Finding English or Welsh ancestors in the birth records | The Nosey Genealogist's: Help Me With My Family Tree
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Finding English or Welsh ancestors in the birth records

by Nick Thorne, The Nosey Genealogist on December 11th, 2016




In this video tutorial I look at the 3 mistakes that people new to family history research make when trying to find their English or Welsh ancestors in the births marriages and death indexes published by the General Register Office (GRO).
The first and biggest mistake that people make is to not buy the certificate!
So why do you need to buy the certificate?


Well just assuming that you’ve got the right person, because their name and maybe the place seems right to you, is opening yourself up allowing a huge error creep in your family tree. You could end up adding the wrong John Smith to your family tree and from then on you’re going to be tracing the wrong ancestor. And just think of all that wasted time that you’re going to spend.


By buying a certificate this will provide more information that helps you to check if you’ve got the right person. In the video I set out to find an ancestor of my own. I look in the correct quarter in 1865 for Sydney Thorn and I know that he spelt his name with a ‘Y’ and not an ‘I’.
looking for english ancestors birth records
But if you look carefully at the index page there are two Sydney Thorns. One in Westbury and the other in Totnes. The index is providing me with the information that I need to buy the certificate but what to do of I didn’t know which one of the two Sydneys was the correct one?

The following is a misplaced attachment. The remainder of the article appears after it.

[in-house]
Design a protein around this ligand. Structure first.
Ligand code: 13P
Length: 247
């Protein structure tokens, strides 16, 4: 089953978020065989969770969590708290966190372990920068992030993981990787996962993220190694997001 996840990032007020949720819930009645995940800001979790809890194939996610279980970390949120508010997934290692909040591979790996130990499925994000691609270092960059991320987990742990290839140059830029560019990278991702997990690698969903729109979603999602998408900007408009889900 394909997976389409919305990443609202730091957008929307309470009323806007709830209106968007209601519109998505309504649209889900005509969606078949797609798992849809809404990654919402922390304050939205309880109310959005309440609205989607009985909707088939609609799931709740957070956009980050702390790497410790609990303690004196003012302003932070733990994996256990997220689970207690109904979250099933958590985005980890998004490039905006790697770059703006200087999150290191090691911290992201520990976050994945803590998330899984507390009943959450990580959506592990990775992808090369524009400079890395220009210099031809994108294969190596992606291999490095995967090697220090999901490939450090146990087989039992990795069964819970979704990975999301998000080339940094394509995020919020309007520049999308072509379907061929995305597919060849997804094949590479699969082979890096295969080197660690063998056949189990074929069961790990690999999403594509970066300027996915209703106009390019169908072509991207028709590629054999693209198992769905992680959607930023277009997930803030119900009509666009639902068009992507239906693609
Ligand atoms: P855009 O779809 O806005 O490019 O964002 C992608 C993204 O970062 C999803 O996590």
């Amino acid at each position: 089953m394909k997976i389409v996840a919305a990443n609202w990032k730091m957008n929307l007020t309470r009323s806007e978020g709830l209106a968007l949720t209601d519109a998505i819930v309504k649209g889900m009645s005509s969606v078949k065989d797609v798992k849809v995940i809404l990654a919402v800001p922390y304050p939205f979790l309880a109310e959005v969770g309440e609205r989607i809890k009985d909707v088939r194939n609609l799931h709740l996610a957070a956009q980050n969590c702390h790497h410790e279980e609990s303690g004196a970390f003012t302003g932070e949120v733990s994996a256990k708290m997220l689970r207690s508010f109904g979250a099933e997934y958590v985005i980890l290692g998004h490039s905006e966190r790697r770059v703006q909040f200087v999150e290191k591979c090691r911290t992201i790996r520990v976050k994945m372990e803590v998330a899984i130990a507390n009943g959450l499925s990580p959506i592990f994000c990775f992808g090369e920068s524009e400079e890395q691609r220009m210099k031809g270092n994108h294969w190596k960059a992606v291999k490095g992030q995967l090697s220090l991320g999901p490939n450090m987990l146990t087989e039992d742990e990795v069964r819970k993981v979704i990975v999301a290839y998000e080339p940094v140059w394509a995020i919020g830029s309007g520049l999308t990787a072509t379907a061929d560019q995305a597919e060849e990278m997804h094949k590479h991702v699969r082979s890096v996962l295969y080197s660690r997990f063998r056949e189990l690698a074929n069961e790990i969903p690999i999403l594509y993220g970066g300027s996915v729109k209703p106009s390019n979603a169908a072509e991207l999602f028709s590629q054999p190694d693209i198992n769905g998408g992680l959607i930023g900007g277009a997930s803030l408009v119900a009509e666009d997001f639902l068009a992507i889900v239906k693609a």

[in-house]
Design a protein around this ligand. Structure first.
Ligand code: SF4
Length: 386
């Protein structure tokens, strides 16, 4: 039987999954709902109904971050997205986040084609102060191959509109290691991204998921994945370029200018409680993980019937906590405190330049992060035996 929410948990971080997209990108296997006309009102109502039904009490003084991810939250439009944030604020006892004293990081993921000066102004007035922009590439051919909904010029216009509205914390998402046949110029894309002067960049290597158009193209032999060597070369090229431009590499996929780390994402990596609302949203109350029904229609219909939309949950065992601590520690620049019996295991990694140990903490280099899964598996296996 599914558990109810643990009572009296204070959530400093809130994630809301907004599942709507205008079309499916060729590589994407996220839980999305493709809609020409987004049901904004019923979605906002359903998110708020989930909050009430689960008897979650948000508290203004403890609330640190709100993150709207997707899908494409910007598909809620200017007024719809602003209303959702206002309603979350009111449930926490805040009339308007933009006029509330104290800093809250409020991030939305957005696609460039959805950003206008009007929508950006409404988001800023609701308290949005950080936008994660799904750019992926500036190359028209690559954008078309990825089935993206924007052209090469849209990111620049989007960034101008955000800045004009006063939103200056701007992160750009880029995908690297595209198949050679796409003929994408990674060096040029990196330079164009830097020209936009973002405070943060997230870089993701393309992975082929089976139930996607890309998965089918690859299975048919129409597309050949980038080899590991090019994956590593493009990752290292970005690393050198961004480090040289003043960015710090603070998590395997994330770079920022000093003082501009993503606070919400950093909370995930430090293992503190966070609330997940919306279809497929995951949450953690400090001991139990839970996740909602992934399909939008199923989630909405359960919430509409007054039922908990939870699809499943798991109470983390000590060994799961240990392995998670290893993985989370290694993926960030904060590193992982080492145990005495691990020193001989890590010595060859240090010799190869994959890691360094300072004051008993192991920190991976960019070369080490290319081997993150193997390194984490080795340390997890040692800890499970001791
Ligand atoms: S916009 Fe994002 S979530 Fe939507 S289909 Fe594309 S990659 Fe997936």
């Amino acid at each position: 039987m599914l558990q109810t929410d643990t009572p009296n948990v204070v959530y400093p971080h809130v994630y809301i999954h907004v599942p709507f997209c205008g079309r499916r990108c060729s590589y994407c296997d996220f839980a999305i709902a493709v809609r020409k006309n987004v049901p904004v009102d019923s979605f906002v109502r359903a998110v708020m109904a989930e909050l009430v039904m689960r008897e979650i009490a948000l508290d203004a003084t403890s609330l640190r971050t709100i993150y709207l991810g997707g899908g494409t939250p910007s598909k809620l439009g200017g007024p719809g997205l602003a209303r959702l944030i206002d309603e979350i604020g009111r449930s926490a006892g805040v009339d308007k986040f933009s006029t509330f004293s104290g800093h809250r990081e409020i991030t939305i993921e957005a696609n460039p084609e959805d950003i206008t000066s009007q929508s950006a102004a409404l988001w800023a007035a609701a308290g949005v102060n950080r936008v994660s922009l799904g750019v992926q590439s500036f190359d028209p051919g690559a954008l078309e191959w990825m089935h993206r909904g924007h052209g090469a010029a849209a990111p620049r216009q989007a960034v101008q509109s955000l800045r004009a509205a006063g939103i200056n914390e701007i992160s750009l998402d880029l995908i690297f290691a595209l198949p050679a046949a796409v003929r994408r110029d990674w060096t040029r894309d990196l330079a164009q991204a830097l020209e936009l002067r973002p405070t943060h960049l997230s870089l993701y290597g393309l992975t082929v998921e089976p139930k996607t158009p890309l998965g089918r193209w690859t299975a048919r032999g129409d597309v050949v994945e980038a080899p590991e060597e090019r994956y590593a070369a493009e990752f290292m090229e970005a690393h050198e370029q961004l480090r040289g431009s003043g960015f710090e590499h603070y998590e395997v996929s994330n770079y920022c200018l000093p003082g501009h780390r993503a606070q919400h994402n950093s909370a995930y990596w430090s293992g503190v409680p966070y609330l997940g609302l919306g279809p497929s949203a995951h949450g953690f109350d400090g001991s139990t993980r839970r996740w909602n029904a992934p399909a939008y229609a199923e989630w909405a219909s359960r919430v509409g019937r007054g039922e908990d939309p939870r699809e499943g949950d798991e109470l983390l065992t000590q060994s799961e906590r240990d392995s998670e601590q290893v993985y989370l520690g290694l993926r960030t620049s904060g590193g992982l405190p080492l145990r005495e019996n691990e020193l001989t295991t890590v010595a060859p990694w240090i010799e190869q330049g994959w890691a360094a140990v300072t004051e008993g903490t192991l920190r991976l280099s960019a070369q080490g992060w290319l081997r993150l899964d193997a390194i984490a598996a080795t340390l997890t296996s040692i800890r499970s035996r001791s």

I could end up tracing a family tree that doesn’t belong to me!


The next mistake that many people make when trying to find their English or Welsh ancestors in the births marriages and deaths indexes is using information that they’ve gleaned from somebody else’s family tree and that information has been unchecked against the primary records. So if you are new to this fascinating passtime please please don’t do that.
Whatever you do, make sure that you use the information in the other person’s tree as a pointer towards finding the source and check it to make sure that you have got the right people.
My next tip is to beware of looking in the wrong place, or perhaps being too narrow in your thinking of where an ancestor should be. If you are looking for birth and you think that it should have been in a particular parish and you just can’t find it there, well widen your search to other churches and parishes because our ancestors certainly did move around. I’ve got people in my family tree that I thought should have been in the Devon indexes and yet I found them up in Hampshire while others turned up in London.


So do please broaden out your research to other parishes and towns.


Watch on YouTube:

Want more tips and techniques for finding elusive English or Welsh ancestors?

Take a look here:>

One month trial of the Family History Researcher Academy English/Welsh course

Click the Image to take a trial for only £1

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